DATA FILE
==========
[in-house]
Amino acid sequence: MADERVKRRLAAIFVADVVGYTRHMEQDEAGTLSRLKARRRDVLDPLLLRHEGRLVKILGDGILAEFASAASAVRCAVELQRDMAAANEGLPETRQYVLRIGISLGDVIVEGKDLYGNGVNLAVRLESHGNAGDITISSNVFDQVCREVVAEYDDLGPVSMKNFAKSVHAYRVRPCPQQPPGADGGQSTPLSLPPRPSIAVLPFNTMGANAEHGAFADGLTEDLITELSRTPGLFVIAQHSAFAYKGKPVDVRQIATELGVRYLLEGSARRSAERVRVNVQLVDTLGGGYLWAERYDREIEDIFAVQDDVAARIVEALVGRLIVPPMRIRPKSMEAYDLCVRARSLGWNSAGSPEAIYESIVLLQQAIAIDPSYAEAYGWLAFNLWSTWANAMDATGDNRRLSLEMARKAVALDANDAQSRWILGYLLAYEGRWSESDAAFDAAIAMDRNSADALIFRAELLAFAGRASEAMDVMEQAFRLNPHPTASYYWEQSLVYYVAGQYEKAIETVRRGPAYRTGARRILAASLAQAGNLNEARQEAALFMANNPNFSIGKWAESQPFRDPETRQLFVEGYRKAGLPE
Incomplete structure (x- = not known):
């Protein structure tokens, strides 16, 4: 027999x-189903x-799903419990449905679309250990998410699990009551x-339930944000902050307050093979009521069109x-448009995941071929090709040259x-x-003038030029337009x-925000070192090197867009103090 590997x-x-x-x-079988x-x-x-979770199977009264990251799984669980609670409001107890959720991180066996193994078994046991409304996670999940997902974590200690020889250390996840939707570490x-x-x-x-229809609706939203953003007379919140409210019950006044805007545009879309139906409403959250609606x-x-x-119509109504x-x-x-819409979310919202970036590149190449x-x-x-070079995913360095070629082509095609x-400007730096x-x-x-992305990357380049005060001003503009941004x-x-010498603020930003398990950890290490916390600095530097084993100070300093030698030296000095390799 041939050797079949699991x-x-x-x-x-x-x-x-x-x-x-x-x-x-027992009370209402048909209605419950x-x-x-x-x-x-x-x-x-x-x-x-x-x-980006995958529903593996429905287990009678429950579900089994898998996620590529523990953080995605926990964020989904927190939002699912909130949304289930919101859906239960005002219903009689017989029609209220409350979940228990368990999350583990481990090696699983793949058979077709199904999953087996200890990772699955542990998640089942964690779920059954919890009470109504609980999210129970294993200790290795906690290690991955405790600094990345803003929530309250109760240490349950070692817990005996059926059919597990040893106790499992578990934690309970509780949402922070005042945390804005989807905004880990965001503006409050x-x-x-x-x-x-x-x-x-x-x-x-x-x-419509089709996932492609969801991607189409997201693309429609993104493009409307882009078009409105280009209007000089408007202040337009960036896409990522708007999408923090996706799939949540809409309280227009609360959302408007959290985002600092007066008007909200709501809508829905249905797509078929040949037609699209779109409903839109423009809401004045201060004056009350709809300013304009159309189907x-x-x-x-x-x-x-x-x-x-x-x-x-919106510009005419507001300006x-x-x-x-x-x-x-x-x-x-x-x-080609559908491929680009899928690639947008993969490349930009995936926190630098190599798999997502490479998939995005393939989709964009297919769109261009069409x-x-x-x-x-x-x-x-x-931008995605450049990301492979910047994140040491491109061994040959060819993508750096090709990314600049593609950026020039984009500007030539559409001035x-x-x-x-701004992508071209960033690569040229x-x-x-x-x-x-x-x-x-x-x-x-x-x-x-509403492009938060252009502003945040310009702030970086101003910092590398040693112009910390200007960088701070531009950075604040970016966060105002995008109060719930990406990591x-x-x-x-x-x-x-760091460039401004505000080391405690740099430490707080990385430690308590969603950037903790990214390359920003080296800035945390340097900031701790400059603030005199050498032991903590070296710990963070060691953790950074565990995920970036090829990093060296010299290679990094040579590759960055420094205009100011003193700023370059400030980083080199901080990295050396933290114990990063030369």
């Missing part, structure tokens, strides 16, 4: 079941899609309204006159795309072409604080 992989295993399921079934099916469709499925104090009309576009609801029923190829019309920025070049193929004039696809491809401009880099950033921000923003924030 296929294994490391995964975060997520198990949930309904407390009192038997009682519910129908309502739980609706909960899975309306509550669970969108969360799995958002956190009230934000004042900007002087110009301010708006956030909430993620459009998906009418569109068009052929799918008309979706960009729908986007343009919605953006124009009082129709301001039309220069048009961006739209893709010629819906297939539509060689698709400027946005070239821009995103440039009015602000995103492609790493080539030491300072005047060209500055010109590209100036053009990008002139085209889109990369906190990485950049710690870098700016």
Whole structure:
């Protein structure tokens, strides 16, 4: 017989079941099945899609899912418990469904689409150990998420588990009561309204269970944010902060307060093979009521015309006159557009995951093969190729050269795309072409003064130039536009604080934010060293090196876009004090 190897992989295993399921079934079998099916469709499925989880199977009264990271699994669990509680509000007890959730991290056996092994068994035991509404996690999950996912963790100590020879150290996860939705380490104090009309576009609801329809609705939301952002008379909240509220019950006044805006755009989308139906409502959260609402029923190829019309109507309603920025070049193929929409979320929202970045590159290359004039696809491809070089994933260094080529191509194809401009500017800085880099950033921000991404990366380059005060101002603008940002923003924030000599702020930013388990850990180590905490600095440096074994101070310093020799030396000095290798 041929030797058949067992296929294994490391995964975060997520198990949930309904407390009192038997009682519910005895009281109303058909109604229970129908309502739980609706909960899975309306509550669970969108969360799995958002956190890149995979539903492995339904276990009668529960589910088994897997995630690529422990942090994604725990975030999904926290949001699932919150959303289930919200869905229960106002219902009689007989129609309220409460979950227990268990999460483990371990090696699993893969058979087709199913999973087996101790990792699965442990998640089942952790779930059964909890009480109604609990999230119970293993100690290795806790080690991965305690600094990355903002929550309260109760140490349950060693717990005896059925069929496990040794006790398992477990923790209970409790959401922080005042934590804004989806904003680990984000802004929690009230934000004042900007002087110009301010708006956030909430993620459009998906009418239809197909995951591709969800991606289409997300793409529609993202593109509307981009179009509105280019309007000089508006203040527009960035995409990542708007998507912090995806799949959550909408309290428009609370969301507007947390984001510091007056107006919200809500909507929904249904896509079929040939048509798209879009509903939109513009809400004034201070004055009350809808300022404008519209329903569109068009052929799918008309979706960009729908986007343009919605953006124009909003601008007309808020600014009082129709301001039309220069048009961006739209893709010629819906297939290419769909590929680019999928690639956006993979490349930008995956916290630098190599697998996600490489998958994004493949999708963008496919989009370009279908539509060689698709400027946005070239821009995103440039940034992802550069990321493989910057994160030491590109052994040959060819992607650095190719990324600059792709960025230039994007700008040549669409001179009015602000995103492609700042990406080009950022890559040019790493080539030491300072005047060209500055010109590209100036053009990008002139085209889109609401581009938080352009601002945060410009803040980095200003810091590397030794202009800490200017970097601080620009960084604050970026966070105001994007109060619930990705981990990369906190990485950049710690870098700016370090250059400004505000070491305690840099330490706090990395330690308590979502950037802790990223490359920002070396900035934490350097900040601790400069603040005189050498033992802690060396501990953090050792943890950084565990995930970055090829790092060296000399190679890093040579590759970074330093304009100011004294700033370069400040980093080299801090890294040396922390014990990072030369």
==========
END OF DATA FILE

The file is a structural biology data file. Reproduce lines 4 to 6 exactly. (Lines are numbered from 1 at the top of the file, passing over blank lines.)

């Protein structure tokens, strides 16, 4: 027999x-189903x-799903419990449905679309250990998410699990009551x-339930944000902050307050093979009521069109x-448009995941071929090709040259x-x-003038030029337009x-925000070192090197867009103090 590997x-x-x-x-079988x-x-x-979770199977009264990251799984669980609670409001107890959720991180066996193994078994046991409304996670999940997902974590200690020889250390996840939707570490x-x-x-x-229809609706939203953003007379919140409210019950006044805007545009879309139906409403959250609606x-x-x-119509109504x-x-x-819409979310919202970036590149190449x-x-x-070079995913360095070629082509095609x-400007730096x-x-x-992305990357380049005060001003503009941004x-x-010498603020930003398990950890290490916390600095530097084993100070300093030698030296000095390799 041939050797079949699991x-x-x-x-x-x-x-x-x-x-x-x-x-x-027992009370209402048909209605419950x-x-x-x-x-x-x-x-x-x-x-x-x-x-980006995958529903593996429905287990009678429950579900089994898998996620590529523990953080995605926990964020989904927190939002699912909130949304289930919101859906239960005002219903009689017989029609209220409350979940228990368990999350583990481990090696699983793949058979077709199904999953087996200890990772699955542990998640089942964690779920059954919890009470109504609980999210129970294993200790290795906690290690991955405790600094990345803003929530309250109760240490349950070692817990005996059926059919597990040893106790499992578990934690309970509780949402922070005042945390804005989807905004880990965001503006409050x-x-x-x-x-x-x-x-x-x-x-x-x-x-419509089709996932492609969801991607189409997201693309429609993104493009409307882009078009409105280009209007000089408007202040337009960036896409990522708007999408923090996706799939949540809409309280227009609360959302408007959290985002600092007066008007909200709501809508829905249905797509078929040949037609699209779109409903839109423009809401004045201060004056009350709809300013304009159309189907x-x-x-x-x-x-x-x-x-x-x-x-x-919106510009005419507001300006x-x-x-x-x-x-x-x-x-x-x-x-080609559908491929680009899928690639947008993969490349930009995936926190630098190599798999997502490479998939995005393939989709964009297919769109261009069409x-x-x-x-x-x-x-x-x-931008995605450049990301492979910047994140040491491109061994040959060819993508750096090709990314600049593609950026020039984009500007030539559409001035x-x-x-x-701004992508071209960033690569040229x-x-x-x-x-x-x-x-x-x-x-x-x-x-x-509403492009938060252009502003945040310009702030970086101003910092590398040693112009910390200007960088701070531009950075604040970016966060105002995008109060719930990406990591x-x-x-x-x-x-x-760091460039401004505000080391405690740099430490707080990385430690308590969603950037903790990214390359920003080296800035945390340097900031701790400059603030005199050498032991903590070296710990963070060691953790950074565990995920970036090829990093060296010299290679990094040579590759960055420094205009100011003193700023370059400030980083080199901080990295050396933290114990990063030369």
């Missing part, structure tokens, strides 16, 4: 079941899609309204006159795309072409604080 992989295993399921079934099916469709499925104090009309576009609801029923190829019309920025070049193929004039696809491809401009880099950033921000923003924030 296929294994490391995964975060997520198990949930309904407390009192038997009682519910129908309502739980609706909960899975309306509550669970969108969360799995958002956190009230934000004042900007002087110009301010708006956030909430993620459009998906009418569109068009052929799918008309979706960009729908986007343009919605953006124009009082129709301001039309220069048009961006739209893709010629819906297939539509060689698709400027946005070239821009995103440039009015602000995103492609790493080539030491300072005047060209500055010109590209100036053009990008002139085209889109990369906190990485950049710690870098700016």
Whole structure: